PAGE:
Featured Post

Glass Beach

Glass Beach Fort Bragg California
inside one of the treasure coves at low tide

Glass Beach
Fort Bragg, California

Time will bring to light whatever is hidden;
it will cover up and conceal what is now shining in splendor.
- Quintus Horatius Flaccus

Glass Beach is situated along the rugged, rocky coast line of Fort Bragg in Mendocino County.  Hiding in plain sight Glass Beach may be very well be one of California's best kept secrets.  As the name implies, this most unusual beach is scattered with uncountable glistering glass pebbles of all sizes and colors.  

Unfathomable by today's standards, this magnificent coast line was at one time used as a municipal garbage dump.  Locals simply called it "The Dumps" in the most unflattering terms. Before the dawn of civilization (the days before 1967) it was custom to dump garbage in the ocean.  Oceanic garbage disposal was the perfect sanitary solution at the time.  Land fills brought out rats and diseases, so dumping waste in the ocean was considered perfectly normal.  Times changed of course.  By 1967 some wheatgrass juicing bohemians took over public office, the dump was closed and nature took over.

Iconic Glass Beach was actually created by the demise of not one but three massive municipal ocean dumps.  Just like a regular land fill, these 'ocean fills' were used for cars, appliances, toys and assorted garbage of all kinds.  The ocean became the final resting place for thousands of cars between 1906 and 1967.  The cars have rusted away but their spark plugs remain permanently embedded in the rocks along the shore (perhaps this can be attributed to the chemical compound of the spark plugs).  Besides the spark plugs; time, weather and the salt ocean water have dissolved (almost) everything that was dumped, leaving behind mostly the glass (from car windows, toys, appliances, bottles, etc).  We say almost since there is still some weird stuff to be found.  The Ocean, with its consistent churning waves, has acted like a massive rock tumbler.  Over time, all those sharp pieces of glass were turned into softly rounded pebbles.

 The best time to visit Glass Beach is at low tide, preferably after a big storm since this always brings new treasures to light.  On a recent trip to Glass Beach in April, we felt like veritable archeologists.  On a brisk Saturday morning, after the sun had burned off the early morning fog, we wondered along the windswept beach in search of early 20th century archeological treasure.  As we made our way along the winding path of the rocky cliffs, we caught our first glimpse of what would lay below.  Serious archeologists would undoubtedly frown upon the dubious notion of such a young discovery site but we felt stranded on treasure island.  The Spring storm, which had pounded California's Northern coast the day before, had resulted in a rock slide at the Southern tip of the beach.  A landslide, caused by the storm and its accompanying waves, had exposed century old pieces of China, marbles, hand blown bottles, car parts, electrical insulators and glass, lots of glass in all shapes and colors.  Looking for treasure, against the soothing backdrop of the sound of the curling waves, letting the round pebbles slide through your hands, is an addictive and utterly relaxing experience.  As the gently rolling waves were pushing in and pulling back,  the tiny glass beach pebbles created a transcending, almost meditative shimmering sound.  With millions of translucent glass pebbles glistering in the early morning sun, Glass Beach certainly was an extraordinary sight to behold.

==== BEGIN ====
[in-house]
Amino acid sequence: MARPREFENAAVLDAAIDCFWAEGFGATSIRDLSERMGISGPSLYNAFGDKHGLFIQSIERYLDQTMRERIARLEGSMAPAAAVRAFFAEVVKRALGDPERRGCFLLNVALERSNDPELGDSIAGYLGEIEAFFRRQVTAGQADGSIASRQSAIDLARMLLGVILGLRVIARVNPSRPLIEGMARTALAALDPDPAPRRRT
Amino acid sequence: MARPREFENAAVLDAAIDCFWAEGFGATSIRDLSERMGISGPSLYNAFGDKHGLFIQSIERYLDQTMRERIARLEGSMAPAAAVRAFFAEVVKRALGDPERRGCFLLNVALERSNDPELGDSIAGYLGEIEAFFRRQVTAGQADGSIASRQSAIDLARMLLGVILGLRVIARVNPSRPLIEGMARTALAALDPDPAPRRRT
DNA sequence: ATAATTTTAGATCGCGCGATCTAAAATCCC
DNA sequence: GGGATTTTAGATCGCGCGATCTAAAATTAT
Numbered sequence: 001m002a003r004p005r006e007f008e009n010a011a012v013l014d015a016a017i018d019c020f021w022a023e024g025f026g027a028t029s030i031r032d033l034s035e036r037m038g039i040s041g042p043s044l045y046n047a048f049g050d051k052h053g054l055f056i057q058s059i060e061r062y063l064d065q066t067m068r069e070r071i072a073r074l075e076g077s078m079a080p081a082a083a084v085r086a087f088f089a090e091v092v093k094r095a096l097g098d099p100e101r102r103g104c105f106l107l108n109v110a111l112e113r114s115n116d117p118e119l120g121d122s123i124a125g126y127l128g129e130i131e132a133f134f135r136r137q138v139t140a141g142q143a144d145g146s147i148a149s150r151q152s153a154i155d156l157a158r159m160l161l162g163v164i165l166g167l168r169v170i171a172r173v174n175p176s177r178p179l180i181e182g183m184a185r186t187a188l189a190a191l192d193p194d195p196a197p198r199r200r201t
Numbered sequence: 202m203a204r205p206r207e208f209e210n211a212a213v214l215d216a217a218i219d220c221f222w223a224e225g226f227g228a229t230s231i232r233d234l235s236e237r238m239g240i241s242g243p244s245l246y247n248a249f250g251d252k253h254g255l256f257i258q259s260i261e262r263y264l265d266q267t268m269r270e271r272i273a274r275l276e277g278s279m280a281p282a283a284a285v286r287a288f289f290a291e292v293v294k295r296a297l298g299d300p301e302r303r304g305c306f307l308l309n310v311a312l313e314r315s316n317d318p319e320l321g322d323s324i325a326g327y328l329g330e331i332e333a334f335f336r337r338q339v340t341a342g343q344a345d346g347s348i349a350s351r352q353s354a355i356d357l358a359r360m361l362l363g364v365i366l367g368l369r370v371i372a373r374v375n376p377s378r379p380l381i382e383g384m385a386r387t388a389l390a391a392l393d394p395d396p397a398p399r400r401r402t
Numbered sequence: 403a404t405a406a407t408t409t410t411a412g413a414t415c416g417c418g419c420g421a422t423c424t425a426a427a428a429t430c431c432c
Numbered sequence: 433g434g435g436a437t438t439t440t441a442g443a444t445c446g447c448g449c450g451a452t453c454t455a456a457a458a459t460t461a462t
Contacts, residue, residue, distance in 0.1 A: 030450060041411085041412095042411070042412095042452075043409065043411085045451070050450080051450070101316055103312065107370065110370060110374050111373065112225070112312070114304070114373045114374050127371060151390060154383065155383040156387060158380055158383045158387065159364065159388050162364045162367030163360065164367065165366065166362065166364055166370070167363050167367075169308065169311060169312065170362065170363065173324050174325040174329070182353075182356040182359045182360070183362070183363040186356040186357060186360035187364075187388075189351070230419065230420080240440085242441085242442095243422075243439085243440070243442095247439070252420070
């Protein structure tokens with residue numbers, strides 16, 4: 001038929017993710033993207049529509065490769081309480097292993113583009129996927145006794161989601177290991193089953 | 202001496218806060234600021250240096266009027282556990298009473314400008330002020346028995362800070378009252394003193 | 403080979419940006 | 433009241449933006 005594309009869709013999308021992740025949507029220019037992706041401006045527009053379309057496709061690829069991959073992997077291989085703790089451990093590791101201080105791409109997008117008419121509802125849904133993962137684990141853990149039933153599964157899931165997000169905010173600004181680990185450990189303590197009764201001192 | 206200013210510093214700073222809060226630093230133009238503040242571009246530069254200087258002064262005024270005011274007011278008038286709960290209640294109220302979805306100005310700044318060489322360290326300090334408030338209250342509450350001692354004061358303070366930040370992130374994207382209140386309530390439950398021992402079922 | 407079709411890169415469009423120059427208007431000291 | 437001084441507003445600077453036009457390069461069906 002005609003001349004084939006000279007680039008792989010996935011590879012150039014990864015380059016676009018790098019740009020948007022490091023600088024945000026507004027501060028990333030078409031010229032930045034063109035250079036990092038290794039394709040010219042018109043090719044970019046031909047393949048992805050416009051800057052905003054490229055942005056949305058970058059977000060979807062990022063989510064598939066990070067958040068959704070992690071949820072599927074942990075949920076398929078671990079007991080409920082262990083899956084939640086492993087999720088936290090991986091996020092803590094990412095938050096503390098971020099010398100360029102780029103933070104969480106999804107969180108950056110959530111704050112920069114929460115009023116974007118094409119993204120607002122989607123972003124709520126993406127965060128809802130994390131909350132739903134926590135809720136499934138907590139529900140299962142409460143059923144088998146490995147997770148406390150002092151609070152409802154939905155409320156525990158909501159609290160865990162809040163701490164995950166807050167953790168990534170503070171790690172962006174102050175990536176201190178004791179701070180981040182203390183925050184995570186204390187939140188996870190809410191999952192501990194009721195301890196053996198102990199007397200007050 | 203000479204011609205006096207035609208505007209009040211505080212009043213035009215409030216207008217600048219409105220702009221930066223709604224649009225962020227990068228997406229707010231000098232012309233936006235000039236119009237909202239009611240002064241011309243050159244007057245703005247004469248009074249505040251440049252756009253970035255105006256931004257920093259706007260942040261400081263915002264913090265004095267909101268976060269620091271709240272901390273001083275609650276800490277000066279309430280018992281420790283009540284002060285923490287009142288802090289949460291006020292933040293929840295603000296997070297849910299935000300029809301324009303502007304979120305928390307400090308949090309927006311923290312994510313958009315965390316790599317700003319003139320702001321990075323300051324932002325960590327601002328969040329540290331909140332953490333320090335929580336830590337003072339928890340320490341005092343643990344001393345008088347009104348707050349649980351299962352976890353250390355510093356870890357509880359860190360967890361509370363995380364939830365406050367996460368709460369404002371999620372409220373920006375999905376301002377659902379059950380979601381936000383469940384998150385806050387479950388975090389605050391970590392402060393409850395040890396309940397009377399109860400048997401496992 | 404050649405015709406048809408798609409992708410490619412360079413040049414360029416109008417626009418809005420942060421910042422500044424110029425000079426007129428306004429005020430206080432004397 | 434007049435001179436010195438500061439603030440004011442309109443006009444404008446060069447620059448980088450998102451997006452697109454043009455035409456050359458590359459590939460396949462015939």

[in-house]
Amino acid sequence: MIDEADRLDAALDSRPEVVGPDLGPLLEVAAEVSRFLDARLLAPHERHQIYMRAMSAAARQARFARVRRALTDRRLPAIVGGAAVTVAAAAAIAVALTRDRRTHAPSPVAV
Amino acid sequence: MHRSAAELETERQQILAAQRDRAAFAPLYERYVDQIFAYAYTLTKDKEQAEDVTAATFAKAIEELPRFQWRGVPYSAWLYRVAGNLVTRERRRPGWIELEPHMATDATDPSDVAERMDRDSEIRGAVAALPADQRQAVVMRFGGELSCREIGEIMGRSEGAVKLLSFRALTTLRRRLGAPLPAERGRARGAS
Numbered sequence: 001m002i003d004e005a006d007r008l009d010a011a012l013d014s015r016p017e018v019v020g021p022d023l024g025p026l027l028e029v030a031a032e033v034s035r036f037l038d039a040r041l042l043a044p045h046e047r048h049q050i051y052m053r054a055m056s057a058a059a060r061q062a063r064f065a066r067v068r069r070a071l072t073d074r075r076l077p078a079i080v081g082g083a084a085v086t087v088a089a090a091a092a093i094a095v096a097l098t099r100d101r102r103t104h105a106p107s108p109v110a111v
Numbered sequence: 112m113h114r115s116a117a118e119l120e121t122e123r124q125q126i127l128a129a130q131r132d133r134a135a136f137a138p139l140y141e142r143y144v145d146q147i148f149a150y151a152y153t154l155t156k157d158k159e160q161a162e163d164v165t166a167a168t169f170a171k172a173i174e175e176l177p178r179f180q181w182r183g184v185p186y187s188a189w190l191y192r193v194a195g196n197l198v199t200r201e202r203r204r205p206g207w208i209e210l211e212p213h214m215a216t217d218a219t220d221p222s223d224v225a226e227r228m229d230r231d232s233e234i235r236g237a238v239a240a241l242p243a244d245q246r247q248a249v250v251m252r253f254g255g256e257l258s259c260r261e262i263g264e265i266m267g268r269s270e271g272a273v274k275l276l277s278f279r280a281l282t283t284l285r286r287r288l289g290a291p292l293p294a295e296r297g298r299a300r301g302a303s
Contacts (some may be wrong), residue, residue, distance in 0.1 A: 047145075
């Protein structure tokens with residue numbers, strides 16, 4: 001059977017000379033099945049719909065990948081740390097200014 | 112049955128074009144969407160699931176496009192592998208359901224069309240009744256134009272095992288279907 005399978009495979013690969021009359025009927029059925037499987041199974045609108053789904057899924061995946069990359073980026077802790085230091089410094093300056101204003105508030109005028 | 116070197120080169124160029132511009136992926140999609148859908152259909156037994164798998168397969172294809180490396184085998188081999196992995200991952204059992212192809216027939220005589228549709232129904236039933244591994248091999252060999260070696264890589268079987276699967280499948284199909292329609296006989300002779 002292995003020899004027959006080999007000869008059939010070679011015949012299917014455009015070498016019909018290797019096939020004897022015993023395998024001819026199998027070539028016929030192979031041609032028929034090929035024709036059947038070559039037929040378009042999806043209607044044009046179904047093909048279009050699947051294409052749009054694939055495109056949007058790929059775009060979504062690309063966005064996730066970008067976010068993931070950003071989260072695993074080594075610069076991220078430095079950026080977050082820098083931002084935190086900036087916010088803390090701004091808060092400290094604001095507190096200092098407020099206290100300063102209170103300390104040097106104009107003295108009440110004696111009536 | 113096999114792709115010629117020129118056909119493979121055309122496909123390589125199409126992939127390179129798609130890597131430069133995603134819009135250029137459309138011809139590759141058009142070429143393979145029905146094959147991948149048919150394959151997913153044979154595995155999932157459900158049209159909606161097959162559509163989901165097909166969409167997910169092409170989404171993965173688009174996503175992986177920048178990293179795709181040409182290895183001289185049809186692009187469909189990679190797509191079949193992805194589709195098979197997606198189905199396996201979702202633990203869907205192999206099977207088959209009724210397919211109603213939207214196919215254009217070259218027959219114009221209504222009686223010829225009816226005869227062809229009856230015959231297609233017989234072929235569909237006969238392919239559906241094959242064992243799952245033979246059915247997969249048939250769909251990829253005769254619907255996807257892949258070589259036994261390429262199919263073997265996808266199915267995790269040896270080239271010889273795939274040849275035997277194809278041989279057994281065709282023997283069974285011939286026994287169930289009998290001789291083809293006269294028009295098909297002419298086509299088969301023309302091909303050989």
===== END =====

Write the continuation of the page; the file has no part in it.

Visiting Glass Beach:
Glass Beach is within an easy 10-minute drive from picturesque Mendocino (the town made famous by the 'Murder She Wrote' series) and is close to a 3 hour drive from San Francisco.  There is a small parking lot at the end of West Elm Street.  Halfway down the path that leads to Glass Beach is a fork.  Most visitors will take the path to the right which leads to Glass Beach (Site 3).  Glass cannot be collected from this beach as it is a protected state park.  In fact, so much glass was collected over the years that this beach now resembles a regular sand beach.  Locals know better of course and take the left turn in the fork.  Following the path on the left, make sure to follow the fence line as you exit the park.  This will lead you to Site 2 which was used in the 1940s and 1950s.  The cliffs are pretty steep and slippery so descending them can be tricky (not recommended for children).  Make sure to wear good shoes (no flip flops).  If you do find yellow and red glass pebbles, hide them right away.  It appears these colors are most revered by local collectors.  Make sure to wash your hands after handling the glass pebbles.  Although the dumps were shut down close to half a century ago, there is still some chemical- and rust run off, especially along the cliffs.  Take your camera for some really beautiful kodak moments.  The best place to stay is the Brewery Gulch Inn located in nearby Mendocino.

Glass Beach Location
Corner of West Elm Street and Glass Beach Drive
Fort Bragg, California

Text and Image Credits: © Lucia Fontana for moderndesign.org